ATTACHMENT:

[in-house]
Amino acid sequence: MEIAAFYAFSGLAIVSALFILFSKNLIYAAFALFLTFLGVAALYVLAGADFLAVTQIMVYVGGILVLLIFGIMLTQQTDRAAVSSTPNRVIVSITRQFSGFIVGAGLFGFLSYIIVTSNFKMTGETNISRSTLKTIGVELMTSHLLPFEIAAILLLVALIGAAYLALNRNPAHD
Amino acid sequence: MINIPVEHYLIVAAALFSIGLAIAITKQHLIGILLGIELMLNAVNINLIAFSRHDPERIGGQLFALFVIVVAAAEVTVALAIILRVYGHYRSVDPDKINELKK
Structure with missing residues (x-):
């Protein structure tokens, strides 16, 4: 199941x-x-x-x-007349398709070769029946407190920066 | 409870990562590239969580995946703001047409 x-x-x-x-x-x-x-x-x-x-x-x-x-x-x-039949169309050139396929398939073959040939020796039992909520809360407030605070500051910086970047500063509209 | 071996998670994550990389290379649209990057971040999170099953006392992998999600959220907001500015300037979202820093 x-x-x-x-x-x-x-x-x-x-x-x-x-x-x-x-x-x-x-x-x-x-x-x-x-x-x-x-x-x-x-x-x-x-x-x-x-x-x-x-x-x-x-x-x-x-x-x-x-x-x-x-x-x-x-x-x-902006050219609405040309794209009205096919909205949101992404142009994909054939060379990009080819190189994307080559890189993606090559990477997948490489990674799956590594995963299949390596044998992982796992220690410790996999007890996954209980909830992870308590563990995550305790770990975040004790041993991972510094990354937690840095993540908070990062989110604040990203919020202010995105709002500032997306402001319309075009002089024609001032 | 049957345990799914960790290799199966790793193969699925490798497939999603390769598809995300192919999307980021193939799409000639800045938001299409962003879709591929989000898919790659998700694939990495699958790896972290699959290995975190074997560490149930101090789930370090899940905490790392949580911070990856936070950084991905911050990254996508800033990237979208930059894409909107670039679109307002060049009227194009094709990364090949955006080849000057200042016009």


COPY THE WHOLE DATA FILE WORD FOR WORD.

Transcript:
[in-house]
Amino acid sequence: MEIAAFYAFSGLAIVSALFILFSKNLIYAAFALFLTFLGVAALYVLAGADFLAVTQIMVYVGGILVLLIFGIMLTQQTDRAAVSSTPNRVIVSITRQFSGFIVGAGLFGFLSYIIVTSNFKMTGETNISRSTLKTIGVELMTSHLLPFEIAAILLLVALIGAAYLALNRNPAHD
Amino acid sequence: MINIPVEHYLIVAAALFSIGLAIAITKQHLIGILLGIELMLNAVNINLIAFSRHDPERIGGQLFALFVIVVAAAEVTVALAIILRVYGHYRSVDPDKINELKK
Structure with missing residues (x-):
């Protein structure tokens, strides 16, 4: 199941x-x-x-x-007349398709070769029946407190920066 | 409870990562590239969580995946703001047409 x-x-x-x-x-x-x-x-x-x-x-x-x-x-x-039949169309050139396929398939073959040939020796039992909520809360407030605070500051910086970047500063509209 | 071996998670994550990389290379649209990057971040999170099953006392992998999600959220907001500015300037979202820093 x-x-x-x-x-x-x-x-x-x-x-x-x-x-x-x-x-x-x-x-x-x-x-x-x-x-x-x-x-x-x-x-x-x-x-x-x-x-x-x-x-x-x-x-x-x-x-x-x-x-x-x-x-x-x-x-x-902006050219609405040309794209009205096919909205949101992404142009994909054939060379990009080819190189994307080559890189993606090559990477997948490489990674799956590594995963299949390596044998992982796992220690410790996999007890996954209980909830992870308590563990995550305790770990975040004790041993991972510094990354937690840095993540908070990062989110604040990203919020202010995105709002500032997306402001319309075009002089024609001032 | 049957345990799914960790290799199966790793193969699925490798497939999603390769598809995300192919999307980021193939799409000639800045938001299409962003879709591929989000898919790659998700694939990495699958790896972290699959290995975190074997560490149930101090789930370090899940905490790392949580911070990856936070950084991905911050990254996508800033990237979208930059894409909107670039679109307002060049009227194009094709990364090949955006080849000057200042016009």